The software will automatically add a junction when a wire is placed so that it forms a T with an existing wire.

  • Autojunctions have the same dark blue color as wires.
  • Place a manual junction if you need to create a 4-way junction on your schematic, press Tab while placing to change the color.
  • The display, junction size and color of auto-junctions can be configured on the Schematic - Compiler page of the Preferences dialog.
  • Cross overs can be displayed as a small bridge, or as a simple wire-crosses-wire, configure the style in the Schematic - General page of the Preferences dialog.

Auto-junctions have the same color as wires. Note the selected cross-over style.

Place a manual junction if you need to create a 4-way junction on your schematic.

Editing Design Objects

Any design object you have placed in a schematic or a PCB can be modified in a variety of ways.

  • Graphically - many of the design objects can be resized by moving their editing handles, click to select the object and display the handles.
  • The Object's dialog - double-click to edit the properties of any object in a dedicated properties dialog.
  • The Inspector panel - the Inspector panel is enabled on the View tab of the Ribbon and is similar to the object property dialog - it lists all of the properties of the object. Click once to select an object and display its properties in the Inspector panel. Advantages of the Inspector panel include: as a panel it can always be displayed, making it easy to quickly move from one object to another; and it show the settings of all currently selected objects, so can be used to edit multiple objects in a single action. This is a powerful feature that you will find very useful during the design process.

Selected objects can also be moved around within the document (click-and-drag), and cut, copied and pasted using the standard Windows shortcuts, within and between documents.

Placed components (parts) and footprints can be edited through their properties' dialogs or changed in their Library Editors and updated. Schematic component pins can also be edited on the schematic using the Component Pin Editor, available from the schematic Component Properties dialog (click the Edit Pins button).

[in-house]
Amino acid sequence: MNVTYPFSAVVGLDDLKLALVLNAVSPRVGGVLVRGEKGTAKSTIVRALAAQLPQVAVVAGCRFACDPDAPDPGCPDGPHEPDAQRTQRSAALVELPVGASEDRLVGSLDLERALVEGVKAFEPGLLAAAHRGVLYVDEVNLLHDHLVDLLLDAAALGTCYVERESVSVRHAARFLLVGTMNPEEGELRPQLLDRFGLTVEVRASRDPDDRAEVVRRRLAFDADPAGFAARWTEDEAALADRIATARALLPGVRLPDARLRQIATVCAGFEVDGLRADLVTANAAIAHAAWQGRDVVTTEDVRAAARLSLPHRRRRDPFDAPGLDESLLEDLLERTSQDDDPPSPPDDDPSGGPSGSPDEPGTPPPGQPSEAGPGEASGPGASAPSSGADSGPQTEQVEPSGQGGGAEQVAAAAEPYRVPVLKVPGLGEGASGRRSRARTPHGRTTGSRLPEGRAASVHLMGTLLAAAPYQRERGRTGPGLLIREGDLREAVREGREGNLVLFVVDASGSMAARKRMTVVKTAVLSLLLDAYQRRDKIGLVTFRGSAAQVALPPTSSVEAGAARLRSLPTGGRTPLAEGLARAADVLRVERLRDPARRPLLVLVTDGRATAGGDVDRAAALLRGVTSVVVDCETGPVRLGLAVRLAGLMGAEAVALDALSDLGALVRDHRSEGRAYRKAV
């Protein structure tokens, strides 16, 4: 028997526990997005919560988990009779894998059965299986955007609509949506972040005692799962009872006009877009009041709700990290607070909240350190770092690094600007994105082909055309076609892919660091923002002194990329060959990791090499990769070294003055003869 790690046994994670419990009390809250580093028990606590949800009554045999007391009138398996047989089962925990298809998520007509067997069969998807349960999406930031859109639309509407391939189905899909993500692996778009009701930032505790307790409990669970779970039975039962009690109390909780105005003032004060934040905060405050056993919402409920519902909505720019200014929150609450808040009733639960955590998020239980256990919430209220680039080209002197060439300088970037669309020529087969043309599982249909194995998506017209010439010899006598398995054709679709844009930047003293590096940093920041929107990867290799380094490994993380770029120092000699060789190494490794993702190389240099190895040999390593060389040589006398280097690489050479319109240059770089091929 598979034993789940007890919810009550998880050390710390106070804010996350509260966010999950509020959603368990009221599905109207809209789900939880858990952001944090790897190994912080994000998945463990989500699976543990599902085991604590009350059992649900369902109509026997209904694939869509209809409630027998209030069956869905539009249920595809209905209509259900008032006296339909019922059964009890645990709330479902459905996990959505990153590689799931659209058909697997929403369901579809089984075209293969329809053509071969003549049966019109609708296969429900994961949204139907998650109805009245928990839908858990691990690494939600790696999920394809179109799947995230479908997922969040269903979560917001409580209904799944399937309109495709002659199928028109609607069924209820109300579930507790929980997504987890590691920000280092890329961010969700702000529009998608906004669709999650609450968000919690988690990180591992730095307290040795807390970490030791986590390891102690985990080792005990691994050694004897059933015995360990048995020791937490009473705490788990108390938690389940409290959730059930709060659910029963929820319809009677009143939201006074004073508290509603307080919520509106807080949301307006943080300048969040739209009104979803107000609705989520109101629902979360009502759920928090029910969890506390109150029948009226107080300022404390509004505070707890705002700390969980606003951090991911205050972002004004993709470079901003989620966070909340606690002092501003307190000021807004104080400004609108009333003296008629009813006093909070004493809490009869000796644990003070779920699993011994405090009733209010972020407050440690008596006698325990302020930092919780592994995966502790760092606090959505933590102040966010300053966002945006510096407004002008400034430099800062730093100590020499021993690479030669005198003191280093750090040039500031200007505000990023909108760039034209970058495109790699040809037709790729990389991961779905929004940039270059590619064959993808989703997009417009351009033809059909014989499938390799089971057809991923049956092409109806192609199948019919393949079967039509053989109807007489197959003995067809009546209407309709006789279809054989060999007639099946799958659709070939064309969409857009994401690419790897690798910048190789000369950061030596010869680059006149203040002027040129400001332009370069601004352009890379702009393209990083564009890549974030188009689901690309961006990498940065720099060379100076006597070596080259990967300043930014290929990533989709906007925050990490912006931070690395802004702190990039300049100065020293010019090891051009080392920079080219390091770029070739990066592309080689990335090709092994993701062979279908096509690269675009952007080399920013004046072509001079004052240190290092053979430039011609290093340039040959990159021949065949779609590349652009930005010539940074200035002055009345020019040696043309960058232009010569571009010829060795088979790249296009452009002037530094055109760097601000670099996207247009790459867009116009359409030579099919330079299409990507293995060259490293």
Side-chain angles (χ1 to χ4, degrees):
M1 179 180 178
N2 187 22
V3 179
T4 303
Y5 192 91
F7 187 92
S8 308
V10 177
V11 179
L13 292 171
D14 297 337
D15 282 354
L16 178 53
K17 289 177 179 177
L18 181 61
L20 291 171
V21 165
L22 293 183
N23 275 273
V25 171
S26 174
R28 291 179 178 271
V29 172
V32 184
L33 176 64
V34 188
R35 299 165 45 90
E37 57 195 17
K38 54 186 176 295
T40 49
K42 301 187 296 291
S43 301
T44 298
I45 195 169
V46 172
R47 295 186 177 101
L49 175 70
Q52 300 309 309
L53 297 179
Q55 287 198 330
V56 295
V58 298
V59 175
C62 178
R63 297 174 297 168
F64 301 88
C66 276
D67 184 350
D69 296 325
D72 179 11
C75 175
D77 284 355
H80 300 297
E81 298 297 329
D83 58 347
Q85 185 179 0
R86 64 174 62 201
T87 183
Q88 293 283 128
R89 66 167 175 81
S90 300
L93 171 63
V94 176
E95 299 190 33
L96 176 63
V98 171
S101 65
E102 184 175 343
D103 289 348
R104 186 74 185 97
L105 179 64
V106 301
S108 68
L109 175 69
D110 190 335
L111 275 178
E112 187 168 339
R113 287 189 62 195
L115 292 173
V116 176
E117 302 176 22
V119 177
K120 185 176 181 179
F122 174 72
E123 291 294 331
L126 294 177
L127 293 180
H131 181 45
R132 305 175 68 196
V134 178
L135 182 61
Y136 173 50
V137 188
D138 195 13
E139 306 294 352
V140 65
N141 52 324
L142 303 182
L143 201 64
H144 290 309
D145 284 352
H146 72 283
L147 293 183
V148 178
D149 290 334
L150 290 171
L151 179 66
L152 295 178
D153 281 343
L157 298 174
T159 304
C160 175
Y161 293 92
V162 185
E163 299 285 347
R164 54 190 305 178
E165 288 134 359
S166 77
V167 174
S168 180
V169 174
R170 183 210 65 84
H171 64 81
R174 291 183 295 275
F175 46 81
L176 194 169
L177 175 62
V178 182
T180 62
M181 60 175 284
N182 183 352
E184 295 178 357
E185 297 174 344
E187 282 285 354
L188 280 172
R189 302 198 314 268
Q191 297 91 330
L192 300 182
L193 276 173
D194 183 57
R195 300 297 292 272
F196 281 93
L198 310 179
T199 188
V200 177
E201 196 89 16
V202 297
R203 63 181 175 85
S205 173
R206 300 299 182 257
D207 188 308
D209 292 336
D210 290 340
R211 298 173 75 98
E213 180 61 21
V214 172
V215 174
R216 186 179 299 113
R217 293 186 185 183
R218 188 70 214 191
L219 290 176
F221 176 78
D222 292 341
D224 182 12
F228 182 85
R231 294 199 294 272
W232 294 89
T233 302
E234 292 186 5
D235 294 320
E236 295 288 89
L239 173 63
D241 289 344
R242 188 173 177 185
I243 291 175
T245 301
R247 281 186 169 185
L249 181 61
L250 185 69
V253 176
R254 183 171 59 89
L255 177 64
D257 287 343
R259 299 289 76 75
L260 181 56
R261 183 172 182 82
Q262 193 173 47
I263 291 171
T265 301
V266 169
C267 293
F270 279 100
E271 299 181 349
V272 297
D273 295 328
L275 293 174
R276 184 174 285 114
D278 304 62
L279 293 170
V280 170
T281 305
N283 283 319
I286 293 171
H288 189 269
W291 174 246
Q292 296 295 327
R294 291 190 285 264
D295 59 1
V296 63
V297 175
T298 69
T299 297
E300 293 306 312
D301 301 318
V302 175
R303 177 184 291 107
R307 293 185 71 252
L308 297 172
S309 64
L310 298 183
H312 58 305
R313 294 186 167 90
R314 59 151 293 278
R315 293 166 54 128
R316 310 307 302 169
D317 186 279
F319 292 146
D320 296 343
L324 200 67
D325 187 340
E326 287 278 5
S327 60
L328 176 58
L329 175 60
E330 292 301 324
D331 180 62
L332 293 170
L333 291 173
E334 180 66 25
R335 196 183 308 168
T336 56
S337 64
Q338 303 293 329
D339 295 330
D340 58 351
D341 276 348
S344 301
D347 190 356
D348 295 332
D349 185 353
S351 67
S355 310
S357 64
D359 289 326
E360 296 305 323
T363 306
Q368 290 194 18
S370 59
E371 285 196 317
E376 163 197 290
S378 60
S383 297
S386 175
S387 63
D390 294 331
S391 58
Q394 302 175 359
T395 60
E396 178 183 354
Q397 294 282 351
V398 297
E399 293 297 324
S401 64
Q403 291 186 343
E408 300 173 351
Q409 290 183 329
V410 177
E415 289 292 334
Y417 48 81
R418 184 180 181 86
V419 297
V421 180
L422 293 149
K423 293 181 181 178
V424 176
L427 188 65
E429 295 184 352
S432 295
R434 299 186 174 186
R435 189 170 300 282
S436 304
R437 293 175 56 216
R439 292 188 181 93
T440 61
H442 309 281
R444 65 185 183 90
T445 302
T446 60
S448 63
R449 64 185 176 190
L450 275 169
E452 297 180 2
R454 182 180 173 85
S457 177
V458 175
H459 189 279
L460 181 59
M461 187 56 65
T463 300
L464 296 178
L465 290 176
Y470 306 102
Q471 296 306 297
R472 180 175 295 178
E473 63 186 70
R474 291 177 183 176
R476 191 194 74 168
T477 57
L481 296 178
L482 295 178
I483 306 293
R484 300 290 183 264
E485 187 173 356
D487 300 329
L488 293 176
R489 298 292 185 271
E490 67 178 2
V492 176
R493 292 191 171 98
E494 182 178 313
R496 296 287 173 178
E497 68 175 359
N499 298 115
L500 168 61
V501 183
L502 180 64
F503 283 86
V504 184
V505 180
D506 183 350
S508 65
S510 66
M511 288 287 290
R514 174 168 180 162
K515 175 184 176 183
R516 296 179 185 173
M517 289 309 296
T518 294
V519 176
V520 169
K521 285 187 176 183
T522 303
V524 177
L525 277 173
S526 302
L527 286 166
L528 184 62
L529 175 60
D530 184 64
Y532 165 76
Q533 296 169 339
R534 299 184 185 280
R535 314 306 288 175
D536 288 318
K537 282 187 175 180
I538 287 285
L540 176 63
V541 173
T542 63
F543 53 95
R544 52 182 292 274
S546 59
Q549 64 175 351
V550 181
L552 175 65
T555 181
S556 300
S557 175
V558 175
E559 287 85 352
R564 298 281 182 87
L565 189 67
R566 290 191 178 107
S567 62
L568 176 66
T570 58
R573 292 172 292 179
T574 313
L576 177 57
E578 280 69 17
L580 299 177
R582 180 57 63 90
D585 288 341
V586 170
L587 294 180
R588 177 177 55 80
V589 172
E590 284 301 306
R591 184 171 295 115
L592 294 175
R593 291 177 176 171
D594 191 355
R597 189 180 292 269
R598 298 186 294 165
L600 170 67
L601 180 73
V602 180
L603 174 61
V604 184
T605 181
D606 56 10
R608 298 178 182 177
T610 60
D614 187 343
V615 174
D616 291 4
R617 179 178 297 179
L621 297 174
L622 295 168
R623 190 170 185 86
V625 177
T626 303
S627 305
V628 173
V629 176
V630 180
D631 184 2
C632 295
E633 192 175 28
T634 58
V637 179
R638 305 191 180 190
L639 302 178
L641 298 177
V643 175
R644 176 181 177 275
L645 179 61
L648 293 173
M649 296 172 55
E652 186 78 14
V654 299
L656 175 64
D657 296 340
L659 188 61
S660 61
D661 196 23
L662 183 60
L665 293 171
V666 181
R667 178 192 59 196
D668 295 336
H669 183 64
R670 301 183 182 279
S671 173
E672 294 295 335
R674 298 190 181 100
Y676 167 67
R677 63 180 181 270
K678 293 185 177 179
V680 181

Graphically Editing Placed Objects

It is generally easier to edit the look of an object in the workspace graphically. To do this, you must first select the object(s) to display the editing vertices.

When an object is selected, you can move the object or edit its graphical characteristics. Click on an object to select it and its 'handles' or vertices are displayed. To graphically change a selected object, click and hold on an editing handle. That point of the object will then become attached to the cursor, so simply move the mouse to a new location and release to resize. Click anywhere on a selected object to move it, or press the Delete key to delete it.

Modifying the Wiring

There are several ways you can change a placed wire — by moving a vertex, moving a segment, moving the entire wire or extending the wire to a new location. You can also edit, add or remove vertices through the Vertices tab in the wire's properties dialog. The following animation shows a number of interactive wire editing techniques. Keyboard and mouse actions are shown using icons, the following icons show the mouse actions: